A selection of photographs from 2012 in Guatemala, focusing on young children and the simple and proven interventions that can save lives. Though more children than ever worldwide live to celebrate their fifth birthday, approximately 18,000 children still die each day, mostly from preventable causes. Worldwide, approximately four out of five children receive routine immunizations. But until every child - including the final "fifth child" - is reached, vaccine preventable diseases threaten every child's right to survive. Launched in 2012, ‘A Promise Renewed’ – a global movement to accelerate progress in reducing child mortality – aims to end preventable child deaths within a generation.

Reaching the Fifth Child

A photo essay on children affected by violence, an often invisible problem, occurring behind closed doors or shrouded in silence born of social tolerance, stigma or taboo, at all levels of society.

Making the Invisible Visible

Screen capture of UNICEF Connect blog graphic

Save Water, Save Energy

Text by Susan Markisz

Save Water, Save Energy

Susan Markisz is a UNICEF Photographer and Assistant Photography Editor

A girl, who cannot be more than 5-years-old, struggles to balance a jug of water on her head at a water point in Al-Riyad Camp in West Darfur State, Sudan. This photograph, taken by Georgina Cranston in 2006, was selected as our Photo of the Week to highlight World Water Day, later this week. Held annually on 22 March, the day focuses on the importance of freshwater and the inequity of access to safe water in impoverished rural areas and slums.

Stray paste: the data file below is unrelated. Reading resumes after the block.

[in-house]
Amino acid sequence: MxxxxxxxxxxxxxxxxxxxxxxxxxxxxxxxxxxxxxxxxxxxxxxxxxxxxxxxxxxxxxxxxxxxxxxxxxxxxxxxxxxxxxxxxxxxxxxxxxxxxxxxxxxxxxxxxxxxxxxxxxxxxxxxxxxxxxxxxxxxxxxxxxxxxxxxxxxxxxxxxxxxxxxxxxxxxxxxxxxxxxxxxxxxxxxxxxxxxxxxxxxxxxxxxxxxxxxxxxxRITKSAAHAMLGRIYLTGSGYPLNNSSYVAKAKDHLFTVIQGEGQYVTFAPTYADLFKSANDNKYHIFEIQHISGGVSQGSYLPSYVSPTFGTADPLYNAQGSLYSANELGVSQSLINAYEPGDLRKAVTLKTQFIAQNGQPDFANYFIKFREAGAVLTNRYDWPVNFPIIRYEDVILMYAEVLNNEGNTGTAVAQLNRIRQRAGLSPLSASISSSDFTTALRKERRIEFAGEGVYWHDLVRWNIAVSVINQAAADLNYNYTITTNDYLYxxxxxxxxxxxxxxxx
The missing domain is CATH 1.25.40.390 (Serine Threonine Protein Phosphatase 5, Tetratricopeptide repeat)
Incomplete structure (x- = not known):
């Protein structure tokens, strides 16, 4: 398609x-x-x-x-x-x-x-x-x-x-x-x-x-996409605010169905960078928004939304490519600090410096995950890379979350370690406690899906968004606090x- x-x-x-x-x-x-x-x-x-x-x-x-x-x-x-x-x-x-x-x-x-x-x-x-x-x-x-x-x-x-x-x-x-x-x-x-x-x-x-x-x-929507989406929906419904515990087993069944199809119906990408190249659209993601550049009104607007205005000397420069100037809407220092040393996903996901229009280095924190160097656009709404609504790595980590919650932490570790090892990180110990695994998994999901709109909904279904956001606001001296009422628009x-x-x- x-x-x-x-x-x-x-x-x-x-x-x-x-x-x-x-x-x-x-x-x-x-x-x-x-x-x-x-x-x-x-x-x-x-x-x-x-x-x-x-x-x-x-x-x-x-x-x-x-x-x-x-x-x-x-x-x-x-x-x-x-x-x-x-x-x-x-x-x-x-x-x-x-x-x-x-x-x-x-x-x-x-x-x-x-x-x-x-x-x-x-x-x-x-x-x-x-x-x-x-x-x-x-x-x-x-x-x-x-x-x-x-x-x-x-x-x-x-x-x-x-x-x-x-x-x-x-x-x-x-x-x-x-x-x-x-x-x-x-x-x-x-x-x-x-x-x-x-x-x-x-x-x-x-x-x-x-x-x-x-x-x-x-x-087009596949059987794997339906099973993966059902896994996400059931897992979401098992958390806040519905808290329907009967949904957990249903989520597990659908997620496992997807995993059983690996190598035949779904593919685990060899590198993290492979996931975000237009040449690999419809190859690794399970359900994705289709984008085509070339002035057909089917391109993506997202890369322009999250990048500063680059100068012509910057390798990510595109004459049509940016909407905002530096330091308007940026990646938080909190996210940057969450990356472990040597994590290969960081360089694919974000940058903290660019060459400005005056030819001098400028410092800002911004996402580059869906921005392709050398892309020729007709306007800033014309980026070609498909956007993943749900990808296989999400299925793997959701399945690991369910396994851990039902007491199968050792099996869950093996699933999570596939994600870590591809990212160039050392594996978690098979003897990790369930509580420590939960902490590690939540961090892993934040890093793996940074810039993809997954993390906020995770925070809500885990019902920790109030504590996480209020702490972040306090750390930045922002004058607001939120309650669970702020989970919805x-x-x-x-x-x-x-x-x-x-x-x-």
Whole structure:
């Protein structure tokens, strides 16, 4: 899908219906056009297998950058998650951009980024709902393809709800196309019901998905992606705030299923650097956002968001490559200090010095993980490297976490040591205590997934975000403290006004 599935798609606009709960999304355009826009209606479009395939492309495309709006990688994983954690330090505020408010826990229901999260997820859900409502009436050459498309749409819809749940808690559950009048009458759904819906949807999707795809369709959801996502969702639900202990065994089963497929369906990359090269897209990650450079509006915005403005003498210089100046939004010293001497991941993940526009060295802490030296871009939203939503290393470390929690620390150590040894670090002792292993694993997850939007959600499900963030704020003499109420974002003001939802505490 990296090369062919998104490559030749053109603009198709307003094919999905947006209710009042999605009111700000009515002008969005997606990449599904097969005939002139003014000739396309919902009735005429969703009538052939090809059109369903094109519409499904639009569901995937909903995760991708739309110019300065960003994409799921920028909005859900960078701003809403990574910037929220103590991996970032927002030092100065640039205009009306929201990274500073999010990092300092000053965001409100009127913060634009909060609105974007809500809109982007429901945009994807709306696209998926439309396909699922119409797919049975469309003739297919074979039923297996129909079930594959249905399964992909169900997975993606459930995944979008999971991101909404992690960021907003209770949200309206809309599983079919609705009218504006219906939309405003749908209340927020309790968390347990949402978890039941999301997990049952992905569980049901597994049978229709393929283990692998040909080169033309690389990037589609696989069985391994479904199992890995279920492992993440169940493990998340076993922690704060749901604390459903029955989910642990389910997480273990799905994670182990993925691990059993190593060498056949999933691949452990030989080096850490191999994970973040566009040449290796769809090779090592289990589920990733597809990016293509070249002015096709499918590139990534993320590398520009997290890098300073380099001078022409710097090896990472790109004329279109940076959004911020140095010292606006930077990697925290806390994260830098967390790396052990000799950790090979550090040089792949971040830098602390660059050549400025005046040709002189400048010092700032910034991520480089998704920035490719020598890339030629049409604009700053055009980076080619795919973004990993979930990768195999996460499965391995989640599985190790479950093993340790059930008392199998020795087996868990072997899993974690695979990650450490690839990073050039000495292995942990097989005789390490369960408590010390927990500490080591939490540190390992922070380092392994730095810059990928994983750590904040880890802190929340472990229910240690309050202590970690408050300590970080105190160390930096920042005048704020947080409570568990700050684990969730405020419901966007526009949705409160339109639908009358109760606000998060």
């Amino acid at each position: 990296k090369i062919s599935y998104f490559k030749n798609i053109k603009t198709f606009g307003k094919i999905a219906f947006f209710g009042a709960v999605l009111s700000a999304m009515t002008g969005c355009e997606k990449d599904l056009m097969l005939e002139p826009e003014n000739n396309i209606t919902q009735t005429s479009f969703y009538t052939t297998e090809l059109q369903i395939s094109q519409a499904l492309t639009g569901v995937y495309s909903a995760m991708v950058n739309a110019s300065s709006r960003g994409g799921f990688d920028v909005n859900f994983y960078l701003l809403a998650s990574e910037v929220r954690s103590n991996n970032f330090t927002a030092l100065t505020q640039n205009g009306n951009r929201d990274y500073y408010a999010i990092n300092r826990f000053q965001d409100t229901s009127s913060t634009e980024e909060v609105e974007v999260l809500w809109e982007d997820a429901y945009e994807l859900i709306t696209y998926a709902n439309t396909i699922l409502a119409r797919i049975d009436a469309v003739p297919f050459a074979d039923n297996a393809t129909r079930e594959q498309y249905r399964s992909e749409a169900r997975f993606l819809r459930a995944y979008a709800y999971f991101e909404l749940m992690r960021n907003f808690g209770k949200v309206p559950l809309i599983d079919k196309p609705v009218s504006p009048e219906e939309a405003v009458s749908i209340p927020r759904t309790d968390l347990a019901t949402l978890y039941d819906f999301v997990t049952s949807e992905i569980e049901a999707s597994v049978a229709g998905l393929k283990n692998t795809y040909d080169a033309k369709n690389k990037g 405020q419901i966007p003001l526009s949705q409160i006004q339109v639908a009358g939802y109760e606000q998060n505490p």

I feel that the child’s intensity and determination to complete her task in bringing water to her displaced family is both endearing and alarming. At five, she ought to be curling her fingers around crayons, attending school or playing with friends, not hoisting a jug of water whose weight and responsibility is far too onerous for one so young.

Visit site: Save Water, Save Energy

Screen capture of UNICEF Connect blog graphic

Struggling to Attend School


Text by Susan Markisz

Struggling to Attend School

Susan Markisz is a UNICEF Photographer and Assistant Photography Editor

In this photo, 11-year-old Nour (right), who has Down Syndrome, plays a game with Ebru, a youth worker from the Turkish Red Crescent, at the shelter where Nour and her family live in the Islahiye camp for Syrian refugees.

Nour and her family fled their home in the Syrian Arab Republic more than three years ago, soon after violence erupted there. She used to attend a special school for children with Down Syndrome in her country, where she learned to read and write, but she can no longer attend school because the learning facility in the camp cannot accommodate children with special needs. Still, such obstacles do not keep her from thinking of the future. “I’m both hard-working and smart,” says Nour, who dreams of becoming a doctor one day.

Almost 25 years ago, with the creation of the Convention on the Rights of the Child (CRC), the world made a promise to children to protect and promote their rights to survive and thrive, to learn and grow, to have their voices heard and to reach their full potential. The CRC makes clear the idea that a basic quality of life should be the right of all children rather than a privilege enjoyed by only a few.

Visit site: Struggling to Attend School

Screen capture of UNICEF Connect blog graphic

South Sudan Malnutrition Crisis

Text by Susan Markisz

In this photo of the week, an older boy tenderly feeds a younger child in a UNICEF-supported civilian protection site in South Sudan, a country where 4 million people are in need of urgent food assistance due to a devastating, and rapidly escalating humanitarian crisis of violence and conflict.